Wednesday, November 25, 2009

Landfall 218: Islands

Landfall 218 has been guest edited by poet and critic David Eggleton.

The title for this issue is "Islands" and it's a clever name for many reasons. A part of the volume has been most appropriately set aside for a tribute in honour of the 100th birthday of Landfall's founding editor Charles Brasch. The tribute section includes interesting reminiscences of Charles Brasch the person from some of his friends (Peter Entwistle, Alan Roddick, and Margaret Scott) and features several sterling poems dedicated to his memory by Peter Olds, Peter Bland, Sue Wootton and -- Janet Frame!

There's also a nice illustration of Brasch's poem Islands by Greg O'Brien. Of course this is the poem from which Janet Frame derived the title Towards Another Summer for the novel written in 1963 that remained unpublished during her lifetime.

To commemorate the friendship between Charles Brasch and Janet Frame, I approved the printing of the full text of a letter Janet Frame wrote to Margaret Scott in 1973, not long after Charles Brasch died. Janet was preparing to leave for her year as Katherine Mansfield fellow at Menton in the South of France, and she had asked Margaret Scott (a former fellow) for some tips about what to expect, and what to pack. Margaret, in her turn, had asked Janet whether she and Charles had ever talked about their own deaths, as this was a topic he had resisted discussing. Janet's letter, with its response to the hints about Menton and the further description of one particular memorable encounter with Charles, seems very timely not just because this is the Brasch centenary year, but because 2009 also marks the 40th anniversary of the establishment of the Katherine Mansfield Fellowship (now known as the Mansfield Prize).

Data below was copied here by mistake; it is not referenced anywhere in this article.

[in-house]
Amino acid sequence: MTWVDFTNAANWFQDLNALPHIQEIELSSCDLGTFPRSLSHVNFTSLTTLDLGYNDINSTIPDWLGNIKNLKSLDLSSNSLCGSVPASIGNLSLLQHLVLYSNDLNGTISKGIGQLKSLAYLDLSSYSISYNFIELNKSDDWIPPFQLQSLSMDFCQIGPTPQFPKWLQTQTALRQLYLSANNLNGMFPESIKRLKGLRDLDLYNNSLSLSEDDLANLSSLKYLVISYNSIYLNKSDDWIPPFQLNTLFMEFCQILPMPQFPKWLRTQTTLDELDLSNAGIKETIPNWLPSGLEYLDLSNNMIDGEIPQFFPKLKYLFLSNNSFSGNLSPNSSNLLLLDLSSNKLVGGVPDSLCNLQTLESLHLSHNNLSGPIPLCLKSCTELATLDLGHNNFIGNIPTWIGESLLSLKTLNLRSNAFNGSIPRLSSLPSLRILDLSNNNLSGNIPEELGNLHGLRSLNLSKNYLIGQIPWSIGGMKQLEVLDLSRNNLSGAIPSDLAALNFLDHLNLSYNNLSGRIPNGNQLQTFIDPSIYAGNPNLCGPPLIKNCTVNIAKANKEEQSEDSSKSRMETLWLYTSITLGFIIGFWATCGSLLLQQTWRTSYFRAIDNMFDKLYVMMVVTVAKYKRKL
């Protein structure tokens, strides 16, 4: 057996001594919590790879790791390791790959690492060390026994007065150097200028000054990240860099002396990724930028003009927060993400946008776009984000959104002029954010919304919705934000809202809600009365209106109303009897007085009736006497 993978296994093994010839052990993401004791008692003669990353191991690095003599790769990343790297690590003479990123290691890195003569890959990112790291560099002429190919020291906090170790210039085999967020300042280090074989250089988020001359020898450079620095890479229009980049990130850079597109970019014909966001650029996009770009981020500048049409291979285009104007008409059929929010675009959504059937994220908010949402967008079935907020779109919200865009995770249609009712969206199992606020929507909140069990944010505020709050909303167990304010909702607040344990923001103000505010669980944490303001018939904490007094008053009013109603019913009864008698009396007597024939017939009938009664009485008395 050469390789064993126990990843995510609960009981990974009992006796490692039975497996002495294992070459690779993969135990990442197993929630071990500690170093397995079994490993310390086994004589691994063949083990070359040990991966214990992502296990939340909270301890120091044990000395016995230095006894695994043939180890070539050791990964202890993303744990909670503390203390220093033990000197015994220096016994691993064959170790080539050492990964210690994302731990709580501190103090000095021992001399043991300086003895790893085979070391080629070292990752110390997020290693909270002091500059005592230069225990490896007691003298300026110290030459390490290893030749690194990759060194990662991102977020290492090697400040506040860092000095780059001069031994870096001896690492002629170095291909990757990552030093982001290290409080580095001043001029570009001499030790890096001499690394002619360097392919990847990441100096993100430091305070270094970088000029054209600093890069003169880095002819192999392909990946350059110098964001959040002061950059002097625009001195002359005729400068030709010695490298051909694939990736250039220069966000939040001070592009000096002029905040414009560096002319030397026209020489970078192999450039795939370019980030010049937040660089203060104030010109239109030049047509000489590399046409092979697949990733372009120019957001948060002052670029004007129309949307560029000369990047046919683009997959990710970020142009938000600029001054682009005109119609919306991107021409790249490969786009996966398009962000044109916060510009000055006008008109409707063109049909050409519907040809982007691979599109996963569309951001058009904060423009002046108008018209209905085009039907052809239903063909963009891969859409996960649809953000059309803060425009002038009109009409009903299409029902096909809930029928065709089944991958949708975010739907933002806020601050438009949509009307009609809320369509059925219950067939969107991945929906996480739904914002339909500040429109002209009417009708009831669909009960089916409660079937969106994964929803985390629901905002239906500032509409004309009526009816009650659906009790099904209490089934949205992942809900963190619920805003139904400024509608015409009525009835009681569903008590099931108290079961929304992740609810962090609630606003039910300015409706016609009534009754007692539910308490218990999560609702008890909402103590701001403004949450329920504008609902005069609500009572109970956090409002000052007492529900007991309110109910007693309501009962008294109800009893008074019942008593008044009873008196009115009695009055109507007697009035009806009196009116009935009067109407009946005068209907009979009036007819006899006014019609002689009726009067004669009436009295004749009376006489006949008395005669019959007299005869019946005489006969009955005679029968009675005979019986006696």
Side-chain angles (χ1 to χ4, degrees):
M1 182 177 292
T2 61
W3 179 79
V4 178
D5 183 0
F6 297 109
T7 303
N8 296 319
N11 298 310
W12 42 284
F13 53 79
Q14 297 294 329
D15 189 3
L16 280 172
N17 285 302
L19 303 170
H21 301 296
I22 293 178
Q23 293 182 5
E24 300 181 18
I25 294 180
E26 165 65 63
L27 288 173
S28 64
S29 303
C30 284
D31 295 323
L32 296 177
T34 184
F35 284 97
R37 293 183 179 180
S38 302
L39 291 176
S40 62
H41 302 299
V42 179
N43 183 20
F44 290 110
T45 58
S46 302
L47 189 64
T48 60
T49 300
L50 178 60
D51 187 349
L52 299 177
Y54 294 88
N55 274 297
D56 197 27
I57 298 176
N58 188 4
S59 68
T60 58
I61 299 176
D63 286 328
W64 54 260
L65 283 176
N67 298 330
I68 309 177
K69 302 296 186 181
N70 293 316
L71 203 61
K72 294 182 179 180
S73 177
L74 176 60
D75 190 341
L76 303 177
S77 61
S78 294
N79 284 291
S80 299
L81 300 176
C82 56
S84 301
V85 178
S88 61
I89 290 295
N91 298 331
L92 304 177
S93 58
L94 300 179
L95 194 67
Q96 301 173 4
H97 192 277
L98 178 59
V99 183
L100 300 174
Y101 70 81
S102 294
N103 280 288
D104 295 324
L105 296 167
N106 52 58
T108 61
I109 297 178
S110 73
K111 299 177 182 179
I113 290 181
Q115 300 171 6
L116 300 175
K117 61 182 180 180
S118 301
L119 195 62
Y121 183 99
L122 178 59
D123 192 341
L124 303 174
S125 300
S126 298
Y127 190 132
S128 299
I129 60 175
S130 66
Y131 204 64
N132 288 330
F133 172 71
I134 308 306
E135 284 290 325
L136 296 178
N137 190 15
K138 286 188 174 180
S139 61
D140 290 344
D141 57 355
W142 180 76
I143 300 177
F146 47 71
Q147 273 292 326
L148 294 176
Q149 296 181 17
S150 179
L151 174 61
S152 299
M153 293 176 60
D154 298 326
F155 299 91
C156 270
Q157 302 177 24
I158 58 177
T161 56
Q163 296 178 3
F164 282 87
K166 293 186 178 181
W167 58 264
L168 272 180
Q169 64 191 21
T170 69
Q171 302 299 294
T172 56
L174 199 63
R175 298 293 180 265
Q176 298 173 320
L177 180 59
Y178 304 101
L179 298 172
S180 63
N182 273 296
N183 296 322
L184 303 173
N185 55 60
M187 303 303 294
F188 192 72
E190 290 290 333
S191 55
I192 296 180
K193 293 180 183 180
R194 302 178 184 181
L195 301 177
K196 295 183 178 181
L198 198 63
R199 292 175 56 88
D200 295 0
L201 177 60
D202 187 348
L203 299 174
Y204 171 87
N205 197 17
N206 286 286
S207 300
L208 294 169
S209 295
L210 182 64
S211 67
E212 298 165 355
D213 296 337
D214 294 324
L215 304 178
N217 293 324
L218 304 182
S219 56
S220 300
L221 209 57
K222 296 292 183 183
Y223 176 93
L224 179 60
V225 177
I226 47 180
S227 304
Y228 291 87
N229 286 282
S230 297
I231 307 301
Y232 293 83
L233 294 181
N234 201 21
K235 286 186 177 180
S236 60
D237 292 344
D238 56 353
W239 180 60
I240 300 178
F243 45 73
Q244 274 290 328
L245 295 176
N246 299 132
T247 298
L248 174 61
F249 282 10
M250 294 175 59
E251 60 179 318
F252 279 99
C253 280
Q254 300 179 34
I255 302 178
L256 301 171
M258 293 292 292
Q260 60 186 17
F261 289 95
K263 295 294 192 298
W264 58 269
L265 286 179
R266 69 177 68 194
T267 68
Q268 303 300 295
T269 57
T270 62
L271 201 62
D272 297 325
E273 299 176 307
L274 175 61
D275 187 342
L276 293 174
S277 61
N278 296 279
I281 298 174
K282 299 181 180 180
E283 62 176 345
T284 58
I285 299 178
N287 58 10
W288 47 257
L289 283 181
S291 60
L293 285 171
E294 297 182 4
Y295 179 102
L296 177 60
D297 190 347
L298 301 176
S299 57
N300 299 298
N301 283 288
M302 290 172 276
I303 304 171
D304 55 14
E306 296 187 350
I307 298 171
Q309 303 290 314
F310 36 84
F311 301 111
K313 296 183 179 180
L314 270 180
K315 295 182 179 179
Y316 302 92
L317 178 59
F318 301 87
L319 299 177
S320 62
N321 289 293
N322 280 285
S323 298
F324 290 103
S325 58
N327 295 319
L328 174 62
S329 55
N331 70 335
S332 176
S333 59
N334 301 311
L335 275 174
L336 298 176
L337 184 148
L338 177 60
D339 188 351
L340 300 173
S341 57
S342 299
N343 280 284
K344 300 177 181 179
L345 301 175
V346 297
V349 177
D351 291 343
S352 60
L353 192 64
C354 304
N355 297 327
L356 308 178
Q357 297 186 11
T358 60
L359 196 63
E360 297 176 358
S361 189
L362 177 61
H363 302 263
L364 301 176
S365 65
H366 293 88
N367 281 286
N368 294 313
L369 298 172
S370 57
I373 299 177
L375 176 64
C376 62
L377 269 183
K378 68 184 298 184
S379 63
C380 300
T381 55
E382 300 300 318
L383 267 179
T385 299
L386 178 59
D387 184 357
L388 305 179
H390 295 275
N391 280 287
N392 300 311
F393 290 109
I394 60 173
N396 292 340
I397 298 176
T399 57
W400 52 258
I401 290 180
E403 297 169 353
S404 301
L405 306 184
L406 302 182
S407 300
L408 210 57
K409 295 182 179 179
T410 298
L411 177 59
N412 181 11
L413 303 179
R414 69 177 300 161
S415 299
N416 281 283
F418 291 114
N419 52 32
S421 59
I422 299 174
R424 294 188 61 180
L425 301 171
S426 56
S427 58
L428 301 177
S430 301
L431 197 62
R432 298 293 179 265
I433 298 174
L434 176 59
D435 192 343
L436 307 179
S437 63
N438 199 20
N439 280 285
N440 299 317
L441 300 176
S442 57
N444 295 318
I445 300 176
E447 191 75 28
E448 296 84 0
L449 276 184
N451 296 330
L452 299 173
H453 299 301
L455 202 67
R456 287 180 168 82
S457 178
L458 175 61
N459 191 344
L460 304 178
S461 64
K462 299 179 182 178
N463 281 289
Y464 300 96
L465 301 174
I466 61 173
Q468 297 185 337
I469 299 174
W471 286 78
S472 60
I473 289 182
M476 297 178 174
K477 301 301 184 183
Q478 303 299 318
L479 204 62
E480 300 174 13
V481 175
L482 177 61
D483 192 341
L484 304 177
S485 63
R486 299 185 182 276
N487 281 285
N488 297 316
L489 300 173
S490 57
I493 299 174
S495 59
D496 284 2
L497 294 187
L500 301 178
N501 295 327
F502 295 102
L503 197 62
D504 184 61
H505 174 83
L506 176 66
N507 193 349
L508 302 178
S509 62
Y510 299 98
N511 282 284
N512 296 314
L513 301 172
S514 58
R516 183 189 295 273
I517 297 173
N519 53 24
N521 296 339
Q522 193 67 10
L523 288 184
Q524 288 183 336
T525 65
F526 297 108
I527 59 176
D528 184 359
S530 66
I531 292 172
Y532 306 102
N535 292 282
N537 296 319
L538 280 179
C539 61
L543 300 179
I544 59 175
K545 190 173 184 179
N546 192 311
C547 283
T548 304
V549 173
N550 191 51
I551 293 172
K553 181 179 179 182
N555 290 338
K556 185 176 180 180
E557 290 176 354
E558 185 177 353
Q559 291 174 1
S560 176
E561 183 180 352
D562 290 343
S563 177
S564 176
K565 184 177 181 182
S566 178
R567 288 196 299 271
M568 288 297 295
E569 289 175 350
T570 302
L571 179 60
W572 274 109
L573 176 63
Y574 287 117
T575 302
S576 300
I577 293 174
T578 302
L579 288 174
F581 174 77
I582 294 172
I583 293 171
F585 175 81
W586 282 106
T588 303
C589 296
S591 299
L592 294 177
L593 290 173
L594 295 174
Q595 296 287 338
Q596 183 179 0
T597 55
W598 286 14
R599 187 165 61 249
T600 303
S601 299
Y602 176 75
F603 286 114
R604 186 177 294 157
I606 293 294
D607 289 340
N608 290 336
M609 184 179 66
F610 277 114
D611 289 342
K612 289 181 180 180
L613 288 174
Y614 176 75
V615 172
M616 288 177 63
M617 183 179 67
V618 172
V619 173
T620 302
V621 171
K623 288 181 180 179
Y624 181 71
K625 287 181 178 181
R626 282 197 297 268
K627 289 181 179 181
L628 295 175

Janet Frame also sent a poem to Margaret, which has been reprinted with the letter, called "Poets", comparing the death of a young and an old poet. The poem had never been shown to anyone else, except Charles, and Janet now dedicated it to his memory. The poem was first published in The Goose Bath (2006) and it has already become somewhat of a classic statement for the death of an artist, having been read out at several prominent funerals either at the request of the mourners and even in a couple of cases to my knowledge, because of a death-bed request.

Landfall 218
also contains a wide range of other literary and artistic delights, including fresh work from contemporary authors, an outstanding winning essay of the Landfall essay competition, and much other interesting non-fiction as well as reviews.


Ashleigh said...

I just stumbled across this site while doing some odd googling for Landfall. What an excellent idea. I like the name too. :)

Pamela Gordon said...

Thanks Ashleigh :-)